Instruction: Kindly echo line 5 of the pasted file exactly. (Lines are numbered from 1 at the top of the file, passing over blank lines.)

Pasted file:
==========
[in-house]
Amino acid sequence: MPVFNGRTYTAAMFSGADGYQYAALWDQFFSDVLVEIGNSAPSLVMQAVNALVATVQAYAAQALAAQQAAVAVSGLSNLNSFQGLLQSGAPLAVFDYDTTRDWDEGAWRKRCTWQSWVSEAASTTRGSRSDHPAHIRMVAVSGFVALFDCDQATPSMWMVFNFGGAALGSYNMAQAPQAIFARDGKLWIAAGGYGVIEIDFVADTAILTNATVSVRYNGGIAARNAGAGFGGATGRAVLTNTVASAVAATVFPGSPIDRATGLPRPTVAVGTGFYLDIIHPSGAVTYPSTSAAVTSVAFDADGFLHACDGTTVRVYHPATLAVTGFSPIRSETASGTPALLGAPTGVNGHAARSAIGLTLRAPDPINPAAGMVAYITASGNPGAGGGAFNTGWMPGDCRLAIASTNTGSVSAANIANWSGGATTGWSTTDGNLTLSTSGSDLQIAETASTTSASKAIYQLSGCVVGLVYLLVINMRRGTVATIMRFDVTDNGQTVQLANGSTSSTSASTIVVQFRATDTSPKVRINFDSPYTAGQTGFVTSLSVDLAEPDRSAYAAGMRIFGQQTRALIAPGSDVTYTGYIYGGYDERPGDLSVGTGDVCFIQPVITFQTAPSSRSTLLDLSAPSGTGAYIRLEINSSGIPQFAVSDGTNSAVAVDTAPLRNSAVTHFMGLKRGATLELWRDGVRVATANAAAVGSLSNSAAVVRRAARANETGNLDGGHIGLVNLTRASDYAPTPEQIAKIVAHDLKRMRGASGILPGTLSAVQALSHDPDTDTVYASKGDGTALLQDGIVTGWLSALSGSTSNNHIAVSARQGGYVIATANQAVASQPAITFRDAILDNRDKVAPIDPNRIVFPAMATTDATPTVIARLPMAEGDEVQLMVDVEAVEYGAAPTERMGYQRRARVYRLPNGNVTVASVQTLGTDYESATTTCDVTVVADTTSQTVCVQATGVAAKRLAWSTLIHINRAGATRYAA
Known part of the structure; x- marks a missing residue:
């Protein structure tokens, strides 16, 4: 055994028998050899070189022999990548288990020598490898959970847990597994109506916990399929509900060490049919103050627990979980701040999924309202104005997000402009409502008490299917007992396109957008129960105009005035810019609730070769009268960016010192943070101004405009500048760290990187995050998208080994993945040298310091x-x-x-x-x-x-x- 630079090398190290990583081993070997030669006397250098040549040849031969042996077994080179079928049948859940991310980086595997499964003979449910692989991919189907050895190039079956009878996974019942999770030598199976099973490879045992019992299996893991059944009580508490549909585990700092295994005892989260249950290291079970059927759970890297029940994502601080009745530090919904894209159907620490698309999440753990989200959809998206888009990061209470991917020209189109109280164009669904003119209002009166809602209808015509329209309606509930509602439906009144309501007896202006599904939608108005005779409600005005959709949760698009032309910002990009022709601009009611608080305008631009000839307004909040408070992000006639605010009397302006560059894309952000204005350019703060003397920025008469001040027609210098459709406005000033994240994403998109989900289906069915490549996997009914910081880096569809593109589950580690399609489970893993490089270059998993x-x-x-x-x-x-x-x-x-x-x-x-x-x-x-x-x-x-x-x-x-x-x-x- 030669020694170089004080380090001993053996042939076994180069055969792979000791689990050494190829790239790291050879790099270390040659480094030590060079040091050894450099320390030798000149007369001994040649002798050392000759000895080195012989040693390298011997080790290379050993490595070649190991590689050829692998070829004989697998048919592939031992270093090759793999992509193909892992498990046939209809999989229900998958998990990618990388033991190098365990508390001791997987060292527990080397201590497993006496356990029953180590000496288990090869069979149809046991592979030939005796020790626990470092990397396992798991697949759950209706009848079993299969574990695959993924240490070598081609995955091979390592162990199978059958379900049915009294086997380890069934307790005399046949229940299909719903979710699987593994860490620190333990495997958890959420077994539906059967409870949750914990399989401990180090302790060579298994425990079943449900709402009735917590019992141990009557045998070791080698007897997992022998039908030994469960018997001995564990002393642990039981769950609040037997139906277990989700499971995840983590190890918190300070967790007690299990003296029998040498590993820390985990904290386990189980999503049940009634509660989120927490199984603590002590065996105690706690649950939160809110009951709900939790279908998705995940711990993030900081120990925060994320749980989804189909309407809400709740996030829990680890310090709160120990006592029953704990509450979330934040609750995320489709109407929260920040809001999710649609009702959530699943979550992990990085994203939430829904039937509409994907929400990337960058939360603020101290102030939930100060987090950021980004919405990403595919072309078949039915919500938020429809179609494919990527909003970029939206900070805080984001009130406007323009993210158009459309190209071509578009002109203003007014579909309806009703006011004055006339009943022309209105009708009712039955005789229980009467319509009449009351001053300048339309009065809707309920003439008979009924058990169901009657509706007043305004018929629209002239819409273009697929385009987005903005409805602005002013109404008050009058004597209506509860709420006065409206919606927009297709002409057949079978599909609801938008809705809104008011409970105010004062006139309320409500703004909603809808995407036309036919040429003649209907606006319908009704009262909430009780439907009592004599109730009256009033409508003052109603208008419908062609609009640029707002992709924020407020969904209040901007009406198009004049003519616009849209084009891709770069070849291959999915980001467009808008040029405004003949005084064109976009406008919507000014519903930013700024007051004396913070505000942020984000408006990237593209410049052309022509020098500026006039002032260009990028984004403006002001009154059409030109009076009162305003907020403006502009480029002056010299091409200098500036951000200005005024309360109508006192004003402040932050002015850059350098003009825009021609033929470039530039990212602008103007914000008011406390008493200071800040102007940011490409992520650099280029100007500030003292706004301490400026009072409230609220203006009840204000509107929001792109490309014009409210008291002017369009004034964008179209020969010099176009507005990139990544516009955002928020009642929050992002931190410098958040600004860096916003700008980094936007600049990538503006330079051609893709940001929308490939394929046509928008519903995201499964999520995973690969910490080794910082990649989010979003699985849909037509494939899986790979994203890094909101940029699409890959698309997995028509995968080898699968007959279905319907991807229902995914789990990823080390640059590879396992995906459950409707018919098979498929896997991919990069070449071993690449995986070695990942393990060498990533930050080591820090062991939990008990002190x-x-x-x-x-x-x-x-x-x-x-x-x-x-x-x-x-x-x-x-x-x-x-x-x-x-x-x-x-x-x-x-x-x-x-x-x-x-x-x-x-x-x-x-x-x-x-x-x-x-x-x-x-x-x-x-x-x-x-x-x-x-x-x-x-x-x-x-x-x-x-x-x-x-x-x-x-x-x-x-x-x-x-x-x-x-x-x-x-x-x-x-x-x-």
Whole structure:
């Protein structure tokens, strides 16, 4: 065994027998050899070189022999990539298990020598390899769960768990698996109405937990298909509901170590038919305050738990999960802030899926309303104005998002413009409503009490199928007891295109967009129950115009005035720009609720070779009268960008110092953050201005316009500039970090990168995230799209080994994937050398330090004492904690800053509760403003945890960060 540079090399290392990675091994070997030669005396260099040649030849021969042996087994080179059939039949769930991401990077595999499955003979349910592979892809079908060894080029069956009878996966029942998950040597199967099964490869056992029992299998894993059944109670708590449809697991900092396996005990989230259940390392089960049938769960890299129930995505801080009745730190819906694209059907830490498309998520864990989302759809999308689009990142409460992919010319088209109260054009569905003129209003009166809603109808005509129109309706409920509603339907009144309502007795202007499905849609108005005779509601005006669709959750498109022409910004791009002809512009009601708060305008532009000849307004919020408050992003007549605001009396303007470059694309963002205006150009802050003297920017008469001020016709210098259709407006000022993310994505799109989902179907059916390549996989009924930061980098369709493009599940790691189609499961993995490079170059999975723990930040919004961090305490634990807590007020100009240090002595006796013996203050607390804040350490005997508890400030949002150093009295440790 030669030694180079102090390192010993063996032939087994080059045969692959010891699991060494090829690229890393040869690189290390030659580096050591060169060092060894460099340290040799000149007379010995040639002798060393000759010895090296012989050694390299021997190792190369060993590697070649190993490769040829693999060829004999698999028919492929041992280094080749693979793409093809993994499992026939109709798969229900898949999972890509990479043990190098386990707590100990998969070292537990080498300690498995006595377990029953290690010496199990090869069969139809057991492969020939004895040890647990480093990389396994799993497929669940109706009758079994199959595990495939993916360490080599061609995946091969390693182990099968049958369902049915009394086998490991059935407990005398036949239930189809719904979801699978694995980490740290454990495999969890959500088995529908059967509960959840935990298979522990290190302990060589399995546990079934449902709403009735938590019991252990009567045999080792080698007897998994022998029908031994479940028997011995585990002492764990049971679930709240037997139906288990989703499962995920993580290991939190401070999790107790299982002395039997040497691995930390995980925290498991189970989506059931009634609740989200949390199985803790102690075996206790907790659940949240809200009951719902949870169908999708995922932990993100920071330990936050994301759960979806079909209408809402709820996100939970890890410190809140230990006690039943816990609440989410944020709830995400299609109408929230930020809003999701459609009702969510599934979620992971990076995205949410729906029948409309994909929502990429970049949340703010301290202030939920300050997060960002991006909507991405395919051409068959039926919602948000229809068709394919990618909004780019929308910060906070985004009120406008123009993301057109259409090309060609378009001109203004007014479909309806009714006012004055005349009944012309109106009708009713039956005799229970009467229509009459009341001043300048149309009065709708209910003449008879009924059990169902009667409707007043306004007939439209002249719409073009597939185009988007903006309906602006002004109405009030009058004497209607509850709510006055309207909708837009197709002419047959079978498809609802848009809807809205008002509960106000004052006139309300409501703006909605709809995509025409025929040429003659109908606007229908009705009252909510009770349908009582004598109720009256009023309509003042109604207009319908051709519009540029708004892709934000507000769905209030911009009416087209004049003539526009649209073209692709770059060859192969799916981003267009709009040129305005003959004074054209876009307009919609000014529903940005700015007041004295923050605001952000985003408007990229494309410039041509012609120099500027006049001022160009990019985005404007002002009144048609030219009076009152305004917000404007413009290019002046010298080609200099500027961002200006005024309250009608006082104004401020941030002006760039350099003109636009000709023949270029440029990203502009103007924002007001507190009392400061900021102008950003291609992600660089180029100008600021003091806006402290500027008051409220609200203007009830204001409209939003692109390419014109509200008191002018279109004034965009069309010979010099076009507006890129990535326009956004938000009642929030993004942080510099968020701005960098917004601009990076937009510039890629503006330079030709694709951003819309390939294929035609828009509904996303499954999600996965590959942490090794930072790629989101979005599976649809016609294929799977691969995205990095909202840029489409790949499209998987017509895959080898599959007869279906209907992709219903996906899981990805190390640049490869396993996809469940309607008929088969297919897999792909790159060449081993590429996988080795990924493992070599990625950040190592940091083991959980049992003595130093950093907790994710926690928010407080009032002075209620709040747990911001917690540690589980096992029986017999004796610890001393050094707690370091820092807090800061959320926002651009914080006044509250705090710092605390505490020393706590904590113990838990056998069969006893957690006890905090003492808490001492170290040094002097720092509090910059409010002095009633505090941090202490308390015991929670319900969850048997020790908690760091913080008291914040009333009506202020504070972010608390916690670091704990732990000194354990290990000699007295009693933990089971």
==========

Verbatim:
Whole structure: